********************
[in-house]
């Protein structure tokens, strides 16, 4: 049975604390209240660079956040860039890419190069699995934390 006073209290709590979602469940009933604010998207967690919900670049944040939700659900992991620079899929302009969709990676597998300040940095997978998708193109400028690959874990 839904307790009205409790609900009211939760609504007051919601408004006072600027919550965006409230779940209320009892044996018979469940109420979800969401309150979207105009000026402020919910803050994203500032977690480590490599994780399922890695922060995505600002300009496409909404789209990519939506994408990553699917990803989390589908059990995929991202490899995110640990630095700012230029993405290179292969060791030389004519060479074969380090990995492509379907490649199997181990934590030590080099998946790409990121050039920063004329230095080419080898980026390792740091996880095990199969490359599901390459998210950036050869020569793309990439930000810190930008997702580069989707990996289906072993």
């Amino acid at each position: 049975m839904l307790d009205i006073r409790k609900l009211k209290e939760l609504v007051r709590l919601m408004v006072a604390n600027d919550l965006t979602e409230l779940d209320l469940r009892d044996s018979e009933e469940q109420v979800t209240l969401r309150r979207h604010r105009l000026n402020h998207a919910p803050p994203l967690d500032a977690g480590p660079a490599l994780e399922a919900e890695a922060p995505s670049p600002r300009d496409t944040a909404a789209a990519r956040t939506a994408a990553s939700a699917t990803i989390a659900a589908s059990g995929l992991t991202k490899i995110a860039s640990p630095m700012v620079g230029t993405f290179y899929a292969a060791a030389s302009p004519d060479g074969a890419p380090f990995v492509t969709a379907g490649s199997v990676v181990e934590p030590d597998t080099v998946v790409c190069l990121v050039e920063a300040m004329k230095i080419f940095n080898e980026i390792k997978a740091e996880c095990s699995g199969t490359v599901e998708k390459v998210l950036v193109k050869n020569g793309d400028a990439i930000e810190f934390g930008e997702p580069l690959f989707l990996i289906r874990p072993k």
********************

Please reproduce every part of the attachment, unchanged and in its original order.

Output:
[in-house]
């Protein structure tokens, strides 16, 4: 049975604390209240660079956040860039890419190069699995934390 006073209290709590979602469940009933604010998207967690919900670049944040939700659900992991620079899929302009969709990676597998300040940095997978998708193109400028690959874990 839904307790009205409790609900009211939760609504007051919601408004006072600027919550965006409230779940209320009892044996018979469940109420979800969401309150979207105009000026402020919910803050994203500032977690480590490599994780399922890695922060995505600002300009496409909404789209990519939506994408990553699917990803989390589908059990995929991202490899995110640990630095700012230029993405290179292969060791030389004519060479074969380090990995492509379907490649199997181990934590030590080099998946790409990121050039920063004329230095080419080898980026390792740091996880095990199969490359599901390459998210950036050869020569793309990439930000810190930008997702580069989707990996289906072993």
């Amino acid at each position: 049975m839904l307790d009205i006073r409790k609900l009211k209290e939760l609504v007051r709590l919601m408004v006072a604390n600027d919550l965006t979602e409230l779940d209320l469940r009892d044996s018979e009933e469940q109420v979800t209240l969401r309150r979207h604010r105009l000026n402020h998207a919910p803050p994203l967690d500032a977690g480590p660079a490599l994780e399922a919900e890695a922060p995505s670049p600002r300009d496409t944040a909404a789209a990519r956040t939506a994408a990553s939700a699917t990803i989390a659900a589908s059990g995929l992991t991202k490899i995110a860039s640990p630095m700012v620079g230029t993405f290179y899929a292969a060791a030389s302009p004519d060479g074969a890419p380090f990995v492509t969709a379907g490649s199997v990676v181990e934590p030590d597998t080099v998946v790409c190069l990121v050039e920063a300040m004329k230095i080419f940095n080898e980026i390792k997978a740091e996880c095990s699995g199969t490359v599901e998708k390459v998210l950036v193109k050869n020569g793309d400028a990439i930000e810190f934390g930008e997702p580069l690959f989707l990996i289906r874990p072993k």